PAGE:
Pharmacogenomics, an important part of precision medicine, is the study of how a person’s genetic makeup can affect their response to a drug. Health care providers can use pharmacogenomic information to help decide the most appropriate treatment for each individual. Some examples include choosing a drug that is more likely to work, avoiding drugs that might have side effects, adjusting the dose of a drug, or determining if closer monitoring is needed. In addition, pharmacogenomics now plays an important role in the drug development process, opening new opportunities in drug discovery.
The Genomics and Targeted Therapy Group is located within FDA’s Office of Clinical Pharmacology and works to apply pharmacogenomics and other biomarkers in drug development and clinical practice. FDA scientists work in multiple ways to ensure that pharmacogenomic strategies are applied appropriately in all phases of drug development. Core functions include regulatory review, research, policy development, and education and outreach.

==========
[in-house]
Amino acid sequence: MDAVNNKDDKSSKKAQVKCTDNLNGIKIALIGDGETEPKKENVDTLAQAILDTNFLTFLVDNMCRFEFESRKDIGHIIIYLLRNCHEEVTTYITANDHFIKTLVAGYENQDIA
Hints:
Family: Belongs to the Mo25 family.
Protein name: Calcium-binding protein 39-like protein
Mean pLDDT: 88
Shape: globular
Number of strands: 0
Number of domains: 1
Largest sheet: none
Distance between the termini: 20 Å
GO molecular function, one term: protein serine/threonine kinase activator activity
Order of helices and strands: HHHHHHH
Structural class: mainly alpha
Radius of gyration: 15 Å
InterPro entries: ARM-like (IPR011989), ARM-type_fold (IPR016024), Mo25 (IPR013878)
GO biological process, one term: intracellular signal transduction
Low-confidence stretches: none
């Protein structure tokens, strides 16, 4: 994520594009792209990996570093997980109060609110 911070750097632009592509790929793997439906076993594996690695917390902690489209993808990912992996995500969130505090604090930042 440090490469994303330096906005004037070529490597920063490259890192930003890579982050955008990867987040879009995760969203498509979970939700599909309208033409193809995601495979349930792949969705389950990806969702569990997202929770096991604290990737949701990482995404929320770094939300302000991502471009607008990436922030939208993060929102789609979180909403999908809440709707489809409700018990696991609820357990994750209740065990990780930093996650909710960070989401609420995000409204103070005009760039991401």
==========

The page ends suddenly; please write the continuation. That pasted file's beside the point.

FDA reviewers evaluate the effect of genetic factors on drug safety, efficacy, or dose. They also provide advice to drug developers on how to use genomic biomarkers.
FDA conducts research projects related to pharmacogenomics and works with other scientists throughout government, academia, and industry. Research projects focus on ways to increase efficiency in drug development and apply pharmacogenomics to improve patient care.
Guidance and Policy Development
FDA works to identify emerging pharmacogenomic issues in science and drug development to develop guidance documents and scientific standards to guide the pharmaceutical industry.
Education and Outreach
FDA helps organize public workshops and conferences to bring together experts to discuss how pharmacogenomics can be used to improve drug discovery and development and advance personalized medicine.